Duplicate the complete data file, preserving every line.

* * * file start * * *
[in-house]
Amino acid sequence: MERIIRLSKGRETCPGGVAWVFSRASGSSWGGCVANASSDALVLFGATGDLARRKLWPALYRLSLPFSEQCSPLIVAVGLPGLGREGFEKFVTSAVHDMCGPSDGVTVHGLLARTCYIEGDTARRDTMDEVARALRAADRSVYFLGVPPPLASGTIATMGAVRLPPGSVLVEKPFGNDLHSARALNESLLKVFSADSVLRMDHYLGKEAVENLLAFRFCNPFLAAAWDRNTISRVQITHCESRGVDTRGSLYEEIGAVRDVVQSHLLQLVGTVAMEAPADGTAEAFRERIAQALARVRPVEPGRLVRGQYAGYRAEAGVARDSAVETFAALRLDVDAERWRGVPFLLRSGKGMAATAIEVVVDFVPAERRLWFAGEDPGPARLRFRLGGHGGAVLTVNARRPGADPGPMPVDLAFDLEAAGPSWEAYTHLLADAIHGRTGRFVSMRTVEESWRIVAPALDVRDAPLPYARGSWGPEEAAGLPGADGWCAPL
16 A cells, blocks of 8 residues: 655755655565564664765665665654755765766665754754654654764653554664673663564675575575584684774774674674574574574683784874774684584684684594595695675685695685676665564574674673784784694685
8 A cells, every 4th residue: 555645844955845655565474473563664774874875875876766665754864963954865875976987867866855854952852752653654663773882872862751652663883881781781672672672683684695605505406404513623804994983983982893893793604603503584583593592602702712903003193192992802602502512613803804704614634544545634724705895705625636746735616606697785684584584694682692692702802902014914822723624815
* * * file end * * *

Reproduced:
[in-house]
Amino acid sequence: MERIIRLSKGRETCPGGVAWVFSRASGSSWGGCVANASSDALVLFGATGDLARRKLWPALYRLSLPFSEQCSPLIVAVGLPGLGREGFEKFVTSAVHDMCGPSDGVTVHGLLARTCYIEGDTARRDTMDEVARALRAADRSVYFLGVPPPLASGTIATMGAVRLPPGSVLVEKPFGNDLHSARALNESLLKVFSADSVLRMDHYLGKEAVENLLAFRFCNPFLAAAWDRNTISRVQITHCESRGVDTRGSLYEEIGAVRDVVQSHLLQLVGTVAMEAPADGTAEAFRERIAQALARVRPVEPGRLVRGQYAGYRAEAGVARDSAVETFAALRLDVDAERWRGVPFLLRSGKGMAATAIEVVVDFVPAERRLWFAGEDPGPARLRFRLGGHGGAVLTVNARRPGADPGPMPVDLAFDLEAAGPSWEAYTHLLADAIHGRTGRFVSMRTVEESWRIVAPALDVRDAPLPYARGSWGPEEAAGLPGADGWCAPL
16 A cells, blocks of 8 residues: 655755655565564664765665665654755765766665754754654654764653554664673663564675575575584684774774674674574574574683784874774684584684684594595695675685695685676665564574674673784784694685
8 A cells, every 4th residue: 555645844955845655565474473563664774874875875876766665754864963954865875976987867866855854952852752653654663773882872862751652663883881781781672672672683684695605505406404513623804994983983982893893793604603503584583593592602702712903003193192992802602502512613803804704614634544545634724705895705625636746735616606697785684584584694682692692702802902014914822723624815